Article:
As the weather is cooling off, you might be concerned about how you’ll take full advantage of your heating and cooling. After all, HVAC bills frequently make up a big portion of your monthly electric bill. To learn new ways to lower their HVAC bill, some people take a closer look at their thermostat. Maybe there’s a setting they could use to boost efficiency?
The majority of thermostats come with a ‘Fan’ or ‘Fan On’ setting. But if the fan is on during a regular cycle, what can the fan setting provide for your HVAC system? This guide will help. We’ll review precisely what the fan setting is and whether you can use it to save money in the summer or winter.
What Is the Fan Setting on My Thermostat?
For the bulk of thermostats, the fan setting indicates that the system's blower fan keeps running. Certain furnaces will run at a low level in this setting, but in general heating or cooling isn’t being made. The ‘Auto’ setting, conversely, will run the fan during a heating or cooling cycle and turn it off once the cycle is over.
There are pros and cons to using the fan setting on your thermostat, and what's ideal will depend on your unique comfort needs.
Advantages to switching to the Fan/On setting:
- You can keep the temperature in every room more balanced by allowing the fan to keep running.
- Indoor air quality can increase as steady airflow will keep passing airborne contaminants through the air filter.
- Fewer start-stop cycles for the blower fan helps extend its life span. As the air handler is usually connected to the furnace, this means you might minimize the risk of needing furnace repair.
Downsides to using the Fan/On setting:
- A nonstop fan will likely raise your energy expenses somewhat.
- Nonstop airflow may clog your air filter soon, increasing the frequency you will want to replace it.
Should My Thermostat Be on Fan or Auto in Summer/Winter
In the summer, warm air may stick around in unfinished spaces like the attic or an attached garage. If you leave the fan on, your HVAC system might gradually move this warm air into the rest of your home, compelling the HVAC system to run longer to preserve the preferred temperature. In serious heat, this may result in needing AC repair more regularly as wear and tear increases.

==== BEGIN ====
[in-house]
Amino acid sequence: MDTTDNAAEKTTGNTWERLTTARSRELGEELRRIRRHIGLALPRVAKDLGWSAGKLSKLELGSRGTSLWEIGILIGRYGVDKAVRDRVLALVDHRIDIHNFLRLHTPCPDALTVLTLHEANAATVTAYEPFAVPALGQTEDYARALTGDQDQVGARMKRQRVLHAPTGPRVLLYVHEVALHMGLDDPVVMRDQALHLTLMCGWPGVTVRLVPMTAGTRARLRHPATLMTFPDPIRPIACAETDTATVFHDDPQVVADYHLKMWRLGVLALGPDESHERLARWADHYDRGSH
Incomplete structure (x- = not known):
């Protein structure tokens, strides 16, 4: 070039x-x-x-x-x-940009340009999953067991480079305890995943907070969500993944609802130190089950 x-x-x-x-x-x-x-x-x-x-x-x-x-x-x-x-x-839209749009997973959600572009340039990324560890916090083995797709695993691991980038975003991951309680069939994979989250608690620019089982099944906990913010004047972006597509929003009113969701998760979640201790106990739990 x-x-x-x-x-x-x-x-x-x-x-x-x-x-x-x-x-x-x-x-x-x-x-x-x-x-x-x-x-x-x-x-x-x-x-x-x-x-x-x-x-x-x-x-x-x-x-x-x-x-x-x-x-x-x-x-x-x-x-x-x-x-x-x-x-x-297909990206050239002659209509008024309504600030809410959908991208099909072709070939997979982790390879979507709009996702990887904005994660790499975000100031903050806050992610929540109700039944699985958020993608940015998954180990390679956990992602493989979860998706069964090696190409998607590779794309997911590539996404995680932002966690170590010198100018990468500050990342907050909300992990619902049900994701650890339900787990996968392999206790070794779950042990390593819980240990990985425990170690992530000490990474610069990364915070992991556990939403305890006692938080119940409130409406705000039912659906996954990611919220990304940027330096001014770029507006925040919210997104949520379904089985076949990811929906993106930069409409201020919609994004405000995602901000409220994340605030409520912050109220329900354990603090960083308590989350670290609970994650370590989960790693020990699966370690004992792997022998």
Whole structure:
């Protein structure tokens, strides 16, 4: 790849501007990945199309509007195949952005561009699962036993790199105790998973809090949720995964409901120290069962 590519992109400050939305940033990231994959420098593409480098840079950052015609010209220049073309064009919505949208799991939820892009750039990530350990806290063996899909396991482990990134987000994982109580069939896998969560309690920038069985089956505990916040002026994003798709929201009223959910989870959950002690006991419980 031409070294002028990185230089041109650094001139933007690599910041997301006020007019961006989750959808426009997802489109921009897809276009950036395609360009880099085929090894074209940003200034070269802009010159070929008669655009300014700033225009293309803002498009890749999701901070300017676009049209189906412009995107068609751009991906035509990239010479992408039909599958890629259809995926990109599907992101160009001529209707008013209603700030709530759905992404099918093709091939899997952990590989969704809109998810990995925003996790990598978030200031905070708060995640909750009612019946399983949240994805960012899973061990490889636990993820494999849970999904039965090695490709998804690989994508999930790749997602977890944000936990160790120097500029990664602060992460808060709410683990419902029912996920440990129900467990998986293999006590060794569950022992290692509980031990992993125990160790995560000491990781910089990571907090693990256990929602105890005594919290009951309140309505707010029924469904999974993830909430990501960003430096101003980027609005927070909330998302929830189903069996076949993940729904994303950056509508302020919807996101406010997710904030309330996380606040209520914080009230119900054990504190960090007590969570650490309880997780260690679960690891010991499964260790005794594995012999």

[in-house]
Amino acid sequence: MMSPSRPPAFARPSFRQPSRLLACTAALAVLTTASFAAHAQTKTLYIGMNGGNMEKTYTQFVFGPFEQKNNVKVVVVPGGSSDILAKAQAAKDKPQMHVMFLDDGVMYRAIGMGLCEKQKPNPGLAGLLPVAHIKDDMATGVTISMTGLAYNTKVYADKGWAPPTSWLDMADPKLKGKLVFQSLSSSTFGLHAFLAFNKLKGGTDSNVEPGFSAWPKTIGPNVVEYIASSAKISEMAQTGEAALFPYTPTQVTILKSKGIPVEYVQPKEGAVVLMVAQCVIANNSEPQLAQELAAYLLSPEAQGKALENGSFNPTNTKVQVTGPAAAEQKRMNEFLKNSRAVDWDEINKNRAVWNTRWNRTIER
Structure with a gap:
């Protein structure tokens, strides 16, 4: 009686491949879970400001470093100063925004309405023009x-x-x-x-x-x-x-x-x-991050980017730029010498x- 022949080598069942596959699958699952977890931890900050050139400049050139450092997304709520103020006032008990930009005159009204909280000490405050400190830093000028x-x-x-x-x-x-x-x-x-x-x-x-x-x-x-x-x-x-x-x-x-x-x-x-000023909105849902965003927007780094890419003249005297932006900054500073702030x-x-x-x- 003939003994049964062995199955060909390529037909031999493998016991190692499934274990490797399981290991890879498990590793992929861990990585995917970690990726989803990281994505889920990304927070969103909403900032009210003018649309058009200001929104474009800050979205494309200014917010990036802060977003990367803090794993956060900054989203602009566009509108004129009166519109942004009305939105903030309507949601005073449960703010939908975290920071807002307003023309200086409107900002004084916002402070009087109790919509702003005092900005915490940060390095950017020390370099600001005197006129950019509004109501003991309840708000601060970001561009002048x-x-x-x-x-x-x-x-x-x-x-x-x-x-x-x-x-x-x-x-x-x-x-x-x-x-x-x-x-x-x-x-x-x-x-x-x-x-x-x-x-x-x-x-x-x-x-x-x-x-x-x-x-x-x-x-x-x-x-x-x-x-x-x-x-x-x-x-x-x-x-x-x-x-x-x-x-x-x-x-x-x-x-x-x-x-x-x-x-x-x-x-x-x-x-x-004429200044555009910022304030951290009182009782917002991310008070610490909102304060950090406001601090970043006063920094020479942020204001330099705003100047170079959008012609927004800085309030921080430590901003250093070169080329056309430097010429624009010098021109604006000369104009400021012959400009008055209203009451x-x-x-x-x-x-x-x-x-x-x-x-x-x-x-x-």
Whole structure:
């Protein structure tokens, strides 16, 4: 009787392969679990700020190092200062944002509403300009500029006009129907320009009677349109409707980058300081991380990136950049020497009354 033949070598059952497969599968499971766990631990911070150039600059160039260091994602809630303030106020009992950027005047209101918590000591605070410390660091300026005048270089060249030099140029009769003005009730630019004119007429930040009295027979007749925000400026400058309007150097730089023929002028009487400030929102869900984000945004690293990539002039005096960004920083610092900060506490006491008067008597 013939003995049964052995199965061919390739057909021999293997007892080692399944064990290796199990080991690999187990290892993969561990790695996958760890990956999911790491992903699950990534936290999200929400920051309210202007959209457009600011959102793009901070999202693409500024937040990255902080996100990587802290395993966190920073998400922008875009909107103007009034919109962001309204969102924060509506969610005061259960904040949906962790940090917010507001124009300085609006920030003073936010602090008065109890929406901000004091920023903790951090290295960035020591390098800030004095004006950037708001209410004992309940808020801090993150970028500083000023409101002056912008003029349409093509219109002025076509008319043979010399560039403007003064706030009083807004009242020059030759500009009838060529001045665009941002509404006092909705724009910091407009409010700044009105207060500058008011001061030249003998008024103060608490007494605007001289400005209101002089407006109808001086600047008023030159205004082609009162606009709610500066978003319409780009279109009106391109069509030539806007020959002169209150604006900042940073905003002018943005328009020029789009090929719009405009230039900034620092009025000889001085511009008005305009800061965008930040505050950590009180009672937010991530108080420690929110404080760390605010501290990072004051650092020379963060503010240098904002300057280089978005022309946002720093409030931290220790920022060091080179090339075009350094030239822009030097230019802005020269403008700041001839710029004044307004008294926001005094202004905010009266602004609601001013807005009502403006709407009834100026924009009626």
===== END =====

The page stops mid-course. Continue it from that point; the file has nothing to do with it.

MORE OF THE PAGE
The opposite can take place during the winter. Cooler spaces such as a basement will hold onto cooler air, which can eventually make its way into the rest of your home. Leaving the fan running may draw more cold air upward, increasing the amount of heating you need to keep warm.
If you’re still trying to figure out if you should switch to the fan/on setting, remember that every home and family’s comfort needs will vary. Leaving the HVAC system’s fan on might be best for you if:
Someone in your household has allergies. Allergies and other respiratory conditions can be hard on the family. Leaving the fan on is more likely to improve indoor air quality, helping your family breathe easier.
Your home experiences hot and cold spots. All kinds of homes deal with difficult hot and cold spots that quickly return to a temperature different from the rest of the house. The fan setting can help lessen these changes by consistently refreshing each room’s airflow.